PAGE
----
Last week my F100 pickup required a flatbed. Upon calling AAA I discovered that while a flatbed would be sent for my truck, I could not accompany my vehicle, AAA’s Covid policy. It would be up to me to get personal transportation.

AAA only tells you this when you call for assistance. Questions relating to proper delivery of the vehicle and disposition of the vehicle key remained unanswered. Be warned.

Luckily in my case, a friend nearby came to my rescue. We accompanied the flatbed to the repair shop.

In a classic lemons to lemonade story, while visiting the repair shop the following day, owner and good friend Bob Tasman shared a great story as retold below.


Confessions of a demolition derby survivor

High Anxiety

Bob Tasman epitomizes the hard core automobile driving enthusiast who grew up in the mid-twentieth century’s golden age of the automobile.

As a Drivin’ News reader, Bob while looking at my truck tossed out an offhand comment about a recent Drivin’ News story that described a teenager’s passion for driving in demolition derbies (“Crash course for an underage driver”).

Though a big time dirt track racer for many years, Bob said, “Reading that story gave me an instant flashback to my first involvement in demolition derbies.”

Since the 1970s Bob had been competing in dirt track racing, often at the Orange County, NY Fairgrounds. Like dirt track racing, demolition derby enjoyed a great following at the Fairgrounds with a highlight being the demolition derby held at the annual fair.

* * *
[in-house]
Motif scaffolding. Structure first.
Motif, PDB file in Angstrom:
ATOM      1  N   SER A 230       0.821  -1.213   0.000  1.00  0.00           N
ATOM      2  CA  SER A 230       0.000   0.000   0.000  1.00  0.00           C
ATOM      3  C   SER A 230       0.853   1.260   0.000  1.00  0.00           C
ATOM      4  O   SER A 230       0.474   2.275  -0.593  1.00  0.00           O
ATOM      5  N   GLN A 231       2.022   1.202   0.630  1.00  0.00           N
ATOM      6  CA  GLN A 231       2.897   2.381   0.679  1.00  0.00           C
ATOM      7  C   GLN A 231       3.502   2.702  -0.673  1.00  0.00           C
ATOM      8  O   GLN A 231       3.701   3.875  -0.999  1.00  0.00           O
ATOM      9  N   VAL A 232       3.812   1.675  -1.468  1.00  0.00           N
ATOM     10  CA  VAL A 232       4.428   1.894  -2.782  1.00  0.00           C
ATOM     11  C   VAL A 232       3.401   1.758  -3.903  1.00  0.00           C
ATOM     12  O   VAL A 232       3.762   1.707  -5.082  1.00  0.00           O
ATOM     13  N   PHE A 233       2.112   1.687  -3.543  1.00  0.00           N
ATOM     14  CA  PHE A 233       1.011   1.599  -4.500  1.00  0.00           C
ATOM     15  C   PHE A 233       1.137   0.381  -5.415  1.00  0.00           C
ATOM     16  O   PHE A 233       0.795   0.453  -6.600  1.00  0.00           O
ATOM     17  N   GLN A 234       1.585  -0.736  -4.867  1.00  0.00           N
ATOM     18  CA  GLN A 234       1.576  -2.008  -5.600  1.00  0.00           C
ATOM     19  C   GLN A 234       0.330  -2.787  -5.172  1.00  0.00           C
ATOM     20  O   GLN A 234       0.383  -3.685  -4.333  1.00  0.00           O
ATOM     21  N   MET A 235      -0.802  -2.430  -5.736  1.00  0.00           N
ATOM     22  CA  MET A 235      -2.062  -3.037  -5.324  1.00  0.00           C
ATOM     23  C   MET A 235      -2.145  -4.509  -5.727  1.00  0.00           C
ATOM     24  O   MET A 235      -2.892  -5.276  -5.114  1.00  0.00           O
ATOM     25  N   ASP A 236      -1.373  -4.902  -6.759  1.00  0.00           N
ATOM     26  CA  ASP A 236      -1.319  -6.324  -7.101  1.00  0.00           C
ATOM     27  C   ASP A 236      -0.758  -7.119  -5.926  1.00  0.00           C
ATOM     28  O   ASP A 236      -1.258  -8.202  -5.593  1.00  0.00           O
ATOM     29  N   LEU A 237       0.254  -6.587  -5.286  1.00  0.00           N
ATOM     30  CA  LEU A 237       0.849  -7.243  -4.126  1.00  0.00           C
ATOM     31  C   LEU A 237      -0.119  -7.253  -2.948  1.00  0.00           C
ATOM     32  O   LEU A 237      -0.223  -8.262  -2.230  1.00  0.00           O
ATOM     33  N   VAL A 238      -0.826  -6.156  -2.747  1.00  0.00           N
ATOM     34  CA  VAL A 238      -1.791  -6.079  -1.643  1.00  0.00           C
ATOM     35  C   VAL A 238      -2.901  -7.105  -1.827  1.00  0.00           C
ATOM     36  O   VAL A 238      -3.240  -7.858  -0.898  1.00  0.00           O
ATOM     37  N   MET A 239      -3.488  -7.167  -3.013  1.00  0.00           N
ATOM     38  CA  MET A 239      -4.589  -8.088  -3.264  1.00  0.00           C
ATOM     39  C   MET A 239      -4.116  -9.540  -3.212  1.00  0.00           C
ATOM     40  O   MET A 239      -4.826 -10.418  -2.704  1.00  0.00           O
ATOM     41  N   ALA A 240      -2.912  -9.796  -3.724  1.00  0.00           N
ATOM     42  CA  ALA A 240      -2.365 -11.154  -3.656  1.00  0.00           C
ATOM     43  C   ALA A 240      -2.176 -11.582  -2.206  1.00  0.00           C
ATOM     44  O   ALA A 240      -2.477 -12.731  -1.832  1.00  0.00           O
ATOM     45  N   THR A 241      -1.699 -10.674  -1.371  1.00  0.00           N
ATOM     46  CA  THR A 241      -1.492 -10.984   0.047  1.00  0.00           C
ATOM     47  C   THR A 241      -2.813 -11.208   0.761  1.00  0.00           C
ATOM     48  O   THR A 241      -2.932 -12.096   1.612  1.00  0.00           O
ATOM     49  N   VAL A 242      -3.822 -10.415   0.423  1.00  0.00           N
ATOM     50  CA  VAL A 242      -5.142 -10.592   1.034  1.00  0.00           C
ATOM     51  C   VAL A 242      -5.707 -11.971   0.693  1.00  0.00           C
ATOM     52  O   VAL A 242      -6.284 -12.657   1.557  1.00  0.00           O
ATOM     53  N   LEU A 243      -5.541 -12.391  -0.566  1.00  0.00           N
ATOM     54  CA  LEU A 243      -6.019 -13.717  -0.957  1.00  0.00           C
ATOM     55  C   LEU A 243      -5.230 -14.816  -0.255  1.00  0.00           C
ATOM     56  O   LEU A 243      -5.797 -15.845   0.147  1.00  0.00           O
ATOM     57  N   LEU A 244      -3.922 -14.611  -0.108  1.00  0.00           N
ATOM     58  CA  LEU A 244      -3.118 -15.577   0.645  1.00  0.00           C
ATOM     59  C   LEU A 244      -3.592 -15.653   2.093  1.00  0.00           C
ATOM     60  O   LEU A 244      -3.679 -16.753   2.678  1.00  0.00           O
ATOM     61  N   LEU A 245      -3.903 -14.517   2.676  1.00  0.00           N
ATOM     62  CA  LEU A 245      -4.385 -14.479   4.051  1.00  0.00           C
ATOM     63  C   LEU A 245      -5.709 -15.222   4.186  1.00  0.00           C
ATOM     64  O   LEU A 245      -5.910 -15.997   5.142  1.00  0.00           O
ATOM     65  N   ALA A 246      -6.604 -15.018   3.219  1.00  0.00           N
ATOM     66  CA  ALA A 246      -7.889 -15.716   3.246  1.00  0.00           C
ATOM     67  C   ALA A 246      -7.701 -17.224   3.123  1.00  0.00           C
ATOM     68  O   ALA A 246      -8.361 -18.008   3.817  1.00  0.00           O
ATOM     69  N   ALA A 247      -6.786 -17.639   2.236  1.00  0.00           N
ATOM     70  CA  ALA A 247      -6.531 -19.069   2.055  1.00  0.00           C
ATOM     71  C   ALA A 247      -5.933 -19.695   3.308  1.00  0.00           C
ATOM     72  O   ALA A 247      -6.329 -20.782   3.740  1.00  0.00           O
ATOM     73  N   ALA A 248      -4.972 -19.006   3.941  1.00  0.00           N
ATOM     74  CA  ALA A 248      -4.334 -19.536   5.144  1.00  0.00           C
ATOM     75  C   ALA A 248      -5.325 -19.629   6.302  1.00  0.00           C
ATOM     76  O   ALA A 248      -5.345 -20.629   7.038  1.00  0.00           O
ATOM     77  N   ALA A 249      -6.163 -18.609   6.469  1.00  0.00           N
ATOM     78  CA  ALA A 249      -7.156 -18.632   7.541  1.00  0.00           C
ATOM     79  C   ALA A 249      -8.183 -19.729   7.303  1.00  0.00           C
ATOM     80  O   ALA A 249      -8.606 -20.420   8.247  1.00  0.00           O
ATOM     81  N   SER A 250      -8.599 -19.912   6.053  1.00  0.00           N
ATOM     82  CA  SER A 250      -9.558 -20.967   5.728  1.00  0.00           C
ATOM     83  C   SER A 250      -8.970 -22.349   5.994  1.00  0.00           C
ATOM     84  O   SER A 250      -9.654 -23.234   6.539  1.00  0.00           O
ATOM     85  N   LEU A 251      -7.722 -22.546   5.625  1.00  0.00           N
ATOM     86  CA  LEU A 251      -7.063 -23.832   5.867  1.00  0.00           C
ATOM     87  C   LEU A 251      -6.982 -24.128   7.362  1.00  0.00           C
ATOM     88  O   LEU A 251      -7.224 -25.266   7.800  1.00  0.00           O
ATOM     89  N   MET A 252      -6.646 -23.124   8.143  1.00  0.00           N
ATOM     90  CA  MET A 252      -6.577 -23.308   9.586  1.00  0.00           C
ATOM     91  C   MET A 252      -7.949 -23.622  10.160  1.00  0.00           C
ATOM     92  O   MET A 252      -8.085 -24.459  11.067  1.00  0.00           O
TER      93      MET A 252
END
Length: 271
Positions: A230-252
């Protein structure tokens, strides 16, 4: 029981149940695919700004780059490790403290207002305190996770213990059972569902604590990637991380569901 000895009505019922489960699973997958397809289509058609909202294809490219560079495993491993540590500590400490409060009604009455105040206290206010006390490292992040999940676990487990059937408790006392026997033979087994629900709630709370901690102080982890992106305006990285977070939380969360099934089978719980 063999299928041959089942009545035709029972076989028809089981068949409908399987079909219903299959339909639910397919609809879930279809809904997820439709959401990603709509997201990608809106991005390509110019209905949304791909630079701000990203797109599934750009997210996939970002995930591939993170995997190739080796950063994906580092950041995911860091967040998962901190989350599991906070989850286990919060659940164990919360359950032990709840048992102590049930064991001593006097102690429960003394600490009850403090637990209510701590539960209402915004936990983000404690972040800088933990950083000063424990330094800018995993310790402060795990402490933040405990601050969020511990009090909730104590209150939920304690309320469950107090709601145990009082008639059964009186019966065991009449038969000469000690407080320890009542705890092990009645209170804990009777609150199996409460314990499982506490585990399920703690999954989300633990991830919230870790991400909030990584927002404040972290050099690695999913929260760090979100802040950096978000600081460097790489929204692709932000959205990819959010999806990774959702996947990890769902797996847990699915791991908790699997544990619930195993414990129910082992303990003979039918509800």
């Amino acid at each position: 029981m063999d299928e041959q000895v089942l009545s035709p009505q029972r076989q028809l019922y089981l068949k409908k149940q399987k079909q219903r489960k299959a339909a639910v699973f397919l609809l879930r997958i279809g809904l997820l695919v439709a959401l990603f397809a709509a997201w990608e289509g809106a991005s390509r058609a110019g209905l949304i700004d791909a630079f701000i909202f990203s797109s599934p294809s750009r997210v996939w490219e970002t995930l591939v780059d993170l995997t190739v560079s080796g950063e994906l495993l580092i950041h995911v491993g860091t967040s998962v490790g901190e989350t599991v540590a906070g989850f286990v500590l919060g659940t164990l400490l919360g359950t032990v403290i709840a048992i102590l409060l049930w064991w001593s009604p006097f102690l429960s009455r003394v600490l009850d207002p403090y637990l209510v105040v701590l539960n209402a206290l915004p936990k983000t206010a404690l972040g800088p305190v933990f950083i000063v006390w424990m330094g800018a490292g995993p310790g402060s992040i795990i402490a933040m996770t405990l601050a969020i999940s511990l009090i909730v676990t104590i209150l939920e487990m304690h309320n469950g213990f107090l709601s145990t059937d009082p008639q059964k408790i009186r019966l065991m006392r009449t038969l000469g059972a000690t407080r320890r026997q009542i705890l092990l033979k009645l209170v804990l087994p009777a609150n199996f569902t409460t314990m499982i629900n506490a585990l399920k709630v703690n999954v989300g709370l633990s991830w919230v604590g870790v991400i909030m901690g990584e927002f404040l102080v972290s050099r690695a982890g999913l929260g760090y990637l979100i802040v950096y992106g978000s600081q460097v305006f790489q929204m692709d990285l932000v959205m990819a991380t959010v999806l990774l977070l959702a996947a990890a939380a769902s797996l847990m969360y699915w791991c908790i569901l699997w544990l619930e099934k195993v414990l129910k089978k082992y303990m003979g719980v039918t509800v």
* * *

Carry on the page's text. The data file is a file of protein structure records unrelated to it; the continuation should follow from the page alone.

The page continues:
1982 saw Bob and a number of dirt track racing buddies decide demolition  derby looked like fun. To a man “Let’s all do it” rang out as the dirt track racers’ battle cry.

When asked if he had any trepidations about entering his first demolition derby and a very serious one at that, Bob says, “I was a race car driver. I pretty much figured I wouldn’t be seeing anything I hadn’t seen before. I mean I’ve crashed. I’ve been on fire.” Bob understood the prevailing mindset for anyone entering this land yacht battering ram version of a steel cage wrestling match saying, ”I think probably the best asset anybody can have in a situation like this would be the killer instinct.”

Clearly Bob knew it would not be for the faint of heart. It promised two-ton behemoths colliding at high speeds generating tremendous crashes. Saying, “It was exciting to me,” displays Bob’s eager attitude towards participating in the motor mayhem.

With the July demolition derby date fast approaching, job one demanded finding the right car. Basic vehicle specs for demolition derby survival consisted of massive four-door Detroit Iron with a big torquey V8.